Jesus’ words broke through: “You fool! This very night your life will be demanded from you. Then who will get what you have prepared for yourself? This is how it will be with anyone who stores up things for himself but is not rich toward God.”

I have never had a lot of money. However, I have led a happy and blessed life with my security resting in Jesus Christ as my Savior.

We think of how wonderful life would be to have all the money we’d like. Yet, those who work hard to acquire much money often cannot give their bodies the care they require, and consequently they suffer a heart attack. Their personalities often become gruff because they must work all the time, and they speak unkind words to their loved ones. They develop a poor sense of values as they rob themselves of precious time with their family, friends, and, above all, with Jesus. That is what Jesus was trying to spell out to the people. Money can be a curse.

Which counsel then should we follow Ð the world’s or Christ’s? Those who believe in Jesus as their Lord and Savior must pray about their relationship with money. It was difficult for me to admit I had a problem with money, but Jesus is able to guide and construct our attitudes in knowing when enough is enough. He will give us sufficient blessings to prevent money from being a curse.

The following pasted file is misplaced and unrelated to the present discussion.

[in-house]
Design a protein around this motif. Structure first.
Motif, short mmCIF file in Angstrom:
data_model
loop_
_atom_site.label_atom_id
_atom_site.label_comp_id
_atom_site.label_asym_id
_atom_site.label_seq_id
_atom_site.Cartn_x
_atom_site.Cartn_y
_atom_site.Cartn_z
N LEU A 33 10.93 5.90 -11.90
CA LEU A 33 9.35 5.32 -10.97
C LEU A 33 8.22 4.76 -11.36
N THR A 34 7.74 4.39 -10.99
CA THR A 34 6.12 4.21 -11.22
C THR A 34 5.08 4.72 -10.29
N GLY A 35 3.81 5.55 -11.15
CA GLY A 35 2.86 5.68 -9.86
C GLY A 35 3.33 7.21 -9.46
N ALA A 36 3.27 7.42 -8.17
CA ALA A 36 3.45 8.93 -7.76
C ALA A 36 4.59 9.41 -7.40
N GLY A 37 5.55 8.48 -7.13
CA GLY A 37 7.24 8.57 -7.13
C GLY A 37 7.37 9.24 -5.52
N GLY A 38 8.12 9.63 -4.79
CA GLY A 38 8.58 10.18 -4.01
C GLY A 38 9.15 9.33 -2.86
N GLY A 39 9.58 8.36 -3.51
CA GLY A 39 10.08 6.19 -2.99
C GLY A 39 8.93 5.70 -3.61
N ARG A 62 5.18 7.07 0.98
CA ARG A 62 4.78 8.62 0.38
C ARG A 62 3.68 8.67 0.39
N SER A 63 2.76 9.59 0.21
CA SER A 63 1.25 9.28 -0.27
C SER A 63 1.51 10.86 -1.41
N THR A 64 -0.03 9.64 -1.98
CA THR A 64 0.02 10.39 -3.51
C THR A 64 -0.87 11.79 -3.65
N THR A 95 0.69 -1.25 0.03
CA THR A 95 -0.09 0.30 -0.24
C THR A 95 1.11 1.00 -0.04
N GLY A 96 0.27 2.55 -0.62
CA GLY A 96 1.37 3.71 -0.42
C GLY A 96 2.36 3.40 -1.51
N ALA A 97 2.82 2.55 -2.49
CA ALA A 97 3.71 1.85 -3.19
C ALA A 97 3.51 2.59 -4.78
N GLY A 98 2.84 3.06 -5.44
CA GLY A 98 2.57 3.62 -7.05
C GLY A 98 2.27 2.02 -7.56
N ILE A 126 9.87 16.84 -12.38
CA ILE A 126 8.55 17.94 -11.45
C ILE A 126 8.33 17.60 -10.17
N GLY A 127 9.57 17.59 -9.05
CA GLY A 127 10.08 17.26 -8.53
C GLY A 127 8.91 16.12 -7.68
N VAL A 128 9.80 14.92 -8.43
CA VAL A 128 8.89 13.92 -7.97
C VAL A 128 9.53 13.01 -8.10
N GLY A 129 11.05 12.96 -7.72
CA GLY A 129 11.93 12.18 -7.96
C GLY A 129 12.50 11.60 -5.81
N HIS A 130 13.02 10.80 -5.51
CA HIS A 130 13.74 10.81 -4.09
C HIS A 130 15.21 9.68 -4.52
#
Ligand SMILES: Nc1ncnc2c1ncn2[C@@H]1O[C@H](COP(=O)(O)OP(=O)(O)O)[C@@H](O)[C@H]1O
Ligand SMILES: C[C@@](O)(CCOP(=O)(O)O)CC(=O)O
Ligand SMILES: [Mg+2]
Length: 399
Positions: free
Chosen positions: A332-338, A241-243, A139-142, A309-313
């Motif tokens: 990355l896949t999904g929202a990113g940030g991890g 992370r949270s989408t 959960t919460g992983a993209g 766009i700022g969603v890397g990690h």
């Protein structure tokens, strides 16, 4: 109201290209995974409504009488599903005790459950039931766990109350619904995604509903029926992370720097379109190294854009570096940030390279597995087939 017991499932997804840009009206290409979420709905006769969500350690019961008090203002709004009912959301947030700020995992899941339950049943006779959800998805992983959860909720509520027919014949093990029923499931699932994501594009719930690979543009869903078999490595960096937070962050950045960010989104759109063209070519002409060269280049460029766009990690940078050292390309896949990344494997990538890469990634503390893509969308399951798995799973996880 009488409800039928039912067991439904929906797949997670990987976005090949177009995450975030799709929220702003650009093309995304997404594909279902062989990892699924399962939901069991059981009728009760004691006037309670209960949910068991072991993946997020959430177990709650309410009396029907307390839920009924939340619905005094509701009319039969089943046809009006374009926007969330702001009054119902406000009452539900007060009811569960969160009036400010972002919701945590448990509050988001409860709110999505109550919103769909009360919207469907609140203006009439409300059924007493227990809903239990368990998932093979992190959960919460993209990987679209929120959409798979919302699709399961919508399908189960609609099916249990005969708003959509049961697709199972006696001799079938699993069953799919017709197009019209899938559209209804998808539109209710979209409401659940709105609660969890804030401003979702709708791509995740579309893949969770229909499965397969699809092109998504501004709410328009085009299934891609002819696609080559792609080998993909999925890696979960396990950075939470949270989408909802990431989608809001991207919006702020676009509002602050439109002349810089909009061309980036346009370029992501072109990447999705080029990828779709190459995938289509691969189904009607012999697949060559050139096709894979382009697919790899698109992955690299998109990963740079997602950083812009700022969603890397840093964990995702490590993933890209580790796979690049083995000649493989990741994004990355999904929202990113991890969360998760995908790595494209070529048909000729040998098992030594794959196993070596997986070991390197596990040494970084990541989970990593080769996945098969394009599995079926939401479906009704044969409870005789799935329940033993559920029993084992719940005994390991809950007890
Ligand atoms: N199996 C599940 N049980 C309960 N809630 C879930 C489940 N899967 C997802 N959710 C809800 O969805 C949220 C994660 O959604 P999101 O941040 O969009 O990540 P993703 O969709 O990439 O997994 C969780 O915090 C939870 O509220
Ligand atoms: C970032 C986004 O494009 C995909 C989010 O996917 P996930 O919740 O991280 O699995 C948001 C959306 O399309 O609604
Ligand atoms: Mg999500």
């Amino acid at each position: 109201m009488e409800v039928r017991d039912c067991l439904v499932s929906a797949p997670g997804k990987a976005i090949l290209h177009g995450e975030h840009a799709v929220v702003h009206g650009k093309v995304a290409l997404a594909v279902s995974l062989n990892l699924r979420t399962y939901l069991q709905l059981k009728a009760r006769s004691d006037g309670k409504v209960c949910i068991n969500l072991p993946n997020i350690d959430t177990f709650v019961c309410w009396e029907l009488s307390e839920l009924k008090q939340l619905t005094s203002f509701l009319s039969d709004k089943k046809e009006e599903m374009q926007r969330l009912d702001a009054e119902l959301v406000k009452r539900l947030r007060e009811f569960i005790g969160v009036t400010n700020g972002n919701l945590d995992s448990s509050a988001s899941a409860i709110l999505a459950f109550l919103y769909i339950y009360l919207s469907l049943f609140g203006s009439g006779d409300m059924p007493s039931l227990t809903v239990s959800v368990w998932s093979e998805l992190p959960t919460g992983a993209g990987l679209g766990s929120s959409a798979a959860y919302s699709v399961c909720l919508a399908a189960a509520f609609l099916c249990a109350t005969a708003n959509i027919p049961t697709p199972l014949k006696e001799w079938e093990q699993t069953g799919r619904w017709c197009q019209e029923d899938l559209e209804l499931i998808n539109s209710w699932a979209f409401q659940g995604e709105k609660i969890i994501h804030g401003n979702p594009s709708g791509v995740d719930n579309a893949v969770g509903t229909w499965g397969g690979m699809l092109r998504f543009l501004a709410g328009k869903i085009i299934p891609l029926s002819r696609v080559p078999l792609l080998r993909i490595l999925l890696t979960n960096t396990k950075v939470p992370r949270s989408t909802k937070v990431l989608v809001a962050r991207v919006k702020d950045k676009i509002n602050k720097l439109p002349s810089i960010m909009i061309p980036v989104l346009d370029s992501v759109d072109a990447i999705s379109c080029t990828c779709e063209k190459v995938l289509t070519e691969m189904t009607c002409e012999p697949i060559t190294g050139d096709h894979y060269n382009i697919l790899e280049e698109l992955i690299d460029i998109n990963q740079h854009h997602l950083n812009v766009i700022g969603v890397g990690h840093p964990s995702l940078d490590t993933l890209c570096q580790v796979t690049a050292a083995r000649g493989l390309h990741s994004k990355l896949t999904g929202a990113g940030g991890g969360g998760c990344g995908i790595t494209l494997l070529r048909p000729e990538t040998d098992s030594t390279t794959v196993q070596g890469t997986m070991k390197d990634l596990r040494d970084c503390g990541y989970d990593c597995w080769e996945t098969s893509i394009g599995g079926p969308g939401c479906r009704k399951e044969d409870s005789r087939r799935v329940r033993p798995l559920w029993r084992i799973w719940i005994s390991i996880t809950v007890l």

God knows the power of money. He wants us to enjoy it, but not let it destroy us.

I’d like to close this sermon by telling you about a man in the Bible named Zacchaeus. Zacchaeus had accumulated a lot of money, but the people hated him, for he had been unfair to them. One day Jesus was visiting Jericho, Zacchaeus’ hometown. Since he was short, Zacchaeus climbed up into a sycamore tree so he could see Jesus as he passed by. Jesus went over to the sycamore tree and said, “Zacchaeus, come down. I want to go to your house today.”